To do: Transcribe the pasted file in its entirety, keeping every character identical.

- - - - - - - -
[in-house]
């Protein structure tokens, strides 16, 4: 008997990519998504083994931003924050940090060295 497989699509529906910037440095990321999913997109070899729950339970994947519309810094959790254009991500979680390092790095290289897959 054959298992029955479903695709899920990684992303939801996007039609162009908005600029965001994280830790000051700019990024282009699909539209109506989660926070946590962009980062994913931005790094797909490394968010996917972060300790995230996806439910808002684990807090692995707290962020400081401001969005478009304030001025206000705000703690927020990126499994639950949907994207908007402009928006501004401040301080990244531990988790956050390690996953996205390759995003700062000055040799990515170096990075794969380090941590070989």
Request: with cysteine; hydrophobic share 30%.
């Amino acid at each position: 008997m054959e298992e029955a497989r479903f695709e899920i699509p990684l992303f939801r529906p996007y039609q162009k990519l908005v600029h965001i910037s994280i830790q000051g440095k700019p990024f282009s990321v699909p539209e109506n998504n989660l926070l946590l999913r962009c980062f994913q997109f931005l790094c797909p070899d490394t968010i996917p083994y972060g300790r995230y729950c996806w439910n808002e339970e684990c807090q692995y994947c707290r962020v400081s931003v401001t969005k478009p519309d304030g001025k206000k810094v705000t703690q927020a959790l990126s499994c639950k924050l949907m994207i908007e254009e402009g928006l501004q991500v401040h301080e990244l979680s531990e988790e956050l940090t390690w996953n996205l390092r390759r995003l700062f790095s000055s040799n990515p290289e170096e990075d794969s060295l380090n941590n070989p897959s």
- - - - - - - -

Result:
[in-house]
């Protein structure tokens, strides 16, 4: 008997990519998504083994931003924050940090060295 497989699509529906910037440095990321999913997109070899729950339970994947519309810094959790254009991500979680390092790095290289897959 054959298992029955479903695709899920990684992303939801996007039609162009908005600029965001994280830790000051700019990024282009699909539209109506989660926070946590962009980062994913931005790094797909490394968010996917972060300790995230996806439910808002684990807090692995707290962020400081401001969005478009304030001025206000705000703690927020990126499994639950949907994207908007402009928006501004401040301080990244531990988790956050390690996953996205390759995003700062000055040799990515170096990075794969380090941590070989």
Request: with cysteine; hydrophobic share 30%.
């Amino acid at each position: 008997m054959e298992e029955a497989r479903f695709e899920i699509p990684l992303f939801r529906p996007y039609q162009k990519l908005v600029h965001i910037s994280i830790q000051g440095k700019p990024f282009s990321v699909p539209e109506n998504n989660l926070l946590l999913r962009c980062f994913q997109f931005l790094c797909p070899d490394t968010i996917p083994y972060g300790r995230y729950c996806w439910n808002e339970e684990c807090q692995y994947c707290r962020v400081s931003v401001t969005k478009p519309d304030g001025k206000k810094v705000t703690q927020a959790l990126s499994c639950k924050l949907m994207i908007e254009e402009g928006l501004q991500v401040h301080e990244l979680s531990e988790e956050l940090t390690w996953n996205l390092r390759r995003l700062f790095s000055s040799n990515p290289e170096e990075d794969s060295l380090n941590n070989p897959s």